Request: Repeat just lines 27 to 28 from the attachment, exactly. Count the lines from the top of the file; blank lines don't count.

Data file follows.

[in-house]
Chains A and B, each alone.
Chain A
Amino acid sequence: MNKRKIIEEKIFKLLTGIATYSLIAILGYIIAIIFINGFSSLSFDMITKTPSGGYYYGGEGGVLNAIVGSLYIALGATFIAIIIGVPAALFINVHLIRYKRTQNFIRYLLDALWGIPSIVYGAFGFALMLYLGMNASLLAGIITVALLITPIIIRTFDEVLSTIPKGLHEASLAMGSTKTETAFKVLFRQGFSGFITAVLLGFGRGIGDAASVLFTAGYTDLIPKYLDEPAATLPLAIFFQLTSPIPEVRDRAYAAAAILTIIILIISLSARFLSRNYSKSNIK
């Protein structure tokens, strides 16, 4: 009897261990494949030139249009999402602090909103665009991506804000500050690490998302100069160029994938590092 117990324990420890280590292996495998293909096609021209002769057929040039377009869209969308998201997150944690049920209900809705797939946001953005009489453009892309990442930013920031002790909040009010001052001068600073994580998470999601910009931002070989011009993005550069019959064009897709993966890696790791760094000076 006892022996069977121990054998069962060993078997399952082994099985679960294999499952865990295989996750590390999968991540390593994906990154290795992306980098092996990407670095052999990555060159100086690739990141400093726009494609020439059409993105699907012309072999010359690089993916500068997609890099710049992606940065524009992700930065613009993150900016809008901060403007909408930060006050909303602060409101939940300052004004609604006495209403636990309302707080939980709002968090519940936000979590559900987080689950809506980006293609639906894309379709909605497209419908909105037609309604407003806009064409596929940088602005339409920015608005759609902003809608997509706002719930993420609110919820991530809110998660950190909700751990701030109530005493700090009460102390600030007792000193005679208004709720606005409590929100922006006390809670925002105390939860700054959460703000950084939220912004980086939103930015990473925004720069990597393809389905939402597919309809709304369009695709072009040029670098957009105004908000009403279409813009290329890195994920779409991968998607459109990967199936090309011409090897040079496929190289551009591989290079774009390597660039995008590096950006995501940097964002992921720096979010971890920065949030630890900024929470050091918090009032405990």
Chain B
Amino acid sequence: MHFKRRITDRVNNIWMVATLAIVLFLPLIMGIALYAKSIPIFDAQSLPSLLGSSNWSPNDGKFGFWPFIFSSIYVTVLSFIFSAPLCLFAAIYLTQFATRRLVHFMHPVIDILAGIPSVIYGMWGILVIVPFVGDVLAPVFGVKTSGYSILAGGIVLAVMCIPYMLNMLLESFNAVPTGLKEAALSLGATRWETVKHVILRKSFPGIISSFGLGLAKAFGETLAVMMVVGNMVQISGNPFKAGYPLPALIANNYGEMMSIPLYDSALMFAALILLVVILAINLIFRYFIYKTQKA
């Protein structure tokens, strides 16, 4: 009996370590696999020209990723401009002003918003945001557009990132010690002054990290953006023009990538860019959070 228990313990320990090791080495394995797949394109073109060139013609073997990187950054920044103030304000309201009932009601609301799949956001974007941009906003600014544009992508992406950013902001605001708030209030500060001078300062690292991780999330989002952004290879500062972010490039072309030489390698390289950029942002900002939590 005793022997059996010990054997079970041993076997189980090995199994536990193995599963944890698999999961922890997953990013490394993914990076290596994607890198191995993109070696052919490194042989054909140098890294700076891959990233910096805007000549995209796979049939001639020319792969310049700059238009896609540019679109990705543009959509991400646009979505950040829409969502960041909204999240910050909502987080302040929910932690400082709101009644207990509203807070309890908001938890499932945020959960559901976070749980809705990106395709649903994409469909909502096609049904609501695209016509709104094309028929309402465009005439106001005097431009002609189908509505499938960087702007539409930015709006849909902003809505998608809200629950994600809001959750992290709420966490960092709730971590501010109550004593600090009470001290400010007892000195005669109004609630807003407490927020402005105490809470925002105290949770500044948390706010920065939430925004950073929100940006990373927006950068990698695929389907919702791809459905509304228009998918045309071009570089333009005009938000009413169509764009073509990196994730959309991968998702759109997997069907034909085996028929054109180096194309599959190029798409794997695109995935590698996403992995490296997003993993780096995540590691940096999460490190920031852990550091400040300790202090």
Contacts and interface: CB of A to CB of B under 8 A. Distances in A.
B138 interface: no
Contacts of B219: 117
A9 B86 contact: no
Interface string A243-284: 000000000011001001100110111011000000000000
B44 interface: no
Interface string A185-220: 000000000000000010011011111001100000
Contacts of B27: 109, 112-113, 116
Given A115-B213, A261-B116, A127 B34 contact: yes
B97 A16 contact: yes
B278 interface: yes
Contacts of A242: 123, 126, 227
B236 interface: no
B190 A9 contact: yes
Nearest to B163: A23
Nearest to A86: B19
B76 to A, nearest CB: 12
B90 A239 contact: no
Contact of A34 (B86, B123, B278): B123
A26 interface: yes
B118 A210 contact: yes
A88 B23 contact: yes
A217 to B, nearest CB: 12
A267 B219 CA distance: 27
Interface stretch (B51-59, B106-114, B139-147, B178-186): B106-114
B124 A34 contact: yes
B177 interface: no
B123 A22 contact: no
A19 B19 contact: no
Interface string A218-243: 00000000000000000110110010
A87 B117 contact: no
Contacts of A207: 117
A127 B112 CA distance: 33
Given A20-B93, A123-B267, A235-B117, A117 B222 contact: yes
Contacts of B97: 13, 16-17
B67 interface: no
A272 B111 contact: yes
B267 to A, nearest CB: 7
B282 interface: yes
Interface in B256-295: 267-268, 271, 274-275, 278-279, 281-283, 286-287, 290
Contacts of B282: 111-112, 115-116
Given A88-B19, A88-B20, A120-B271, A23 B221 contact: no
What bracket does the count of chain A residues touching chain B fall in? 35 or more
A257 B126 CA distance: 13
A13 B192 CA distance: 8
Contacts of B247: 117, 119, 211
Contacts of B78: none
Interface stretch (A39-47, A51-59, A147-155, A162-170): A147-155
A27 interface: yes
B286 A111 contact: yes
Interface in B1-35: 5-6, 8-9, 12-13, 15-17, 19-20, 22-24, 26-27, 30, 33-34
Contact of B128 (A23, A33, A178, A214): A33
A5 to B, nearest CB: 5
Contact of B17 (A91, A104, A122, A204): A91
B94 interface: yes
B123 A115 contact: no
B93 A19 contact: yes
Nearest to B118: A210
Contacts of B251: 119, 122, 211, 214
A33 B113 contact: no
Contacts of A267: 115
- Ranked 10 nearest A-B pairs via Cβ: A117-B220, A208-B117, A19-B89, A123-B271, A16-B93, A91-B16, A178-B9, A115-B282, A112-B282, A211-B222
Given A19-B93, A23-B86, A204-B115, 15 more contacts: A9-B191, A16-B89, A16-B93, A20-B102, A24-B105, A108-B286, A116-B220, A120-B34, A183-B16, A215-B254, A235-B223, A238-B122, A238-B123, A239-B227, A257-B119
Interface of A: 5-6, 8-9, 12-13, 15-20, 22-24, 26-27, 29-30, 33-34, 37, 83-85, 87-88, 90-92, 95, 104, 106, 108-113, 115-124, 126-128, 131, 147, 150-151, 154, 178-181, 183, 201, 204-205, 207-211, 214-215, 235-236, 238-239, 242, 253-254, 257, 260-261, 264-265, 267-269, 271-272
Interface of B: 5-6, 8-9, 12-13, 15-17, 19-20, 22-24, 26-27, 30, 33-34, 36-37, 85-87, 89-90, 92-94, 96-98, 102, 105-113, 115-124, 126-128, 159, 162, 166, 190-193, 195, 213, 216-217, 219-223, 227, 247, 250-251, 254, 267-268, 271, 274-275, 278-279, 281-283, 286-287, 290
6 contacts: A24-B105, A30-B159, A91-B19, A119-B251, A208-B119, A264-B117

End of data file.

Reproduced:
Contact of A34 (B86, B123, B278): B123
A26 interface: yes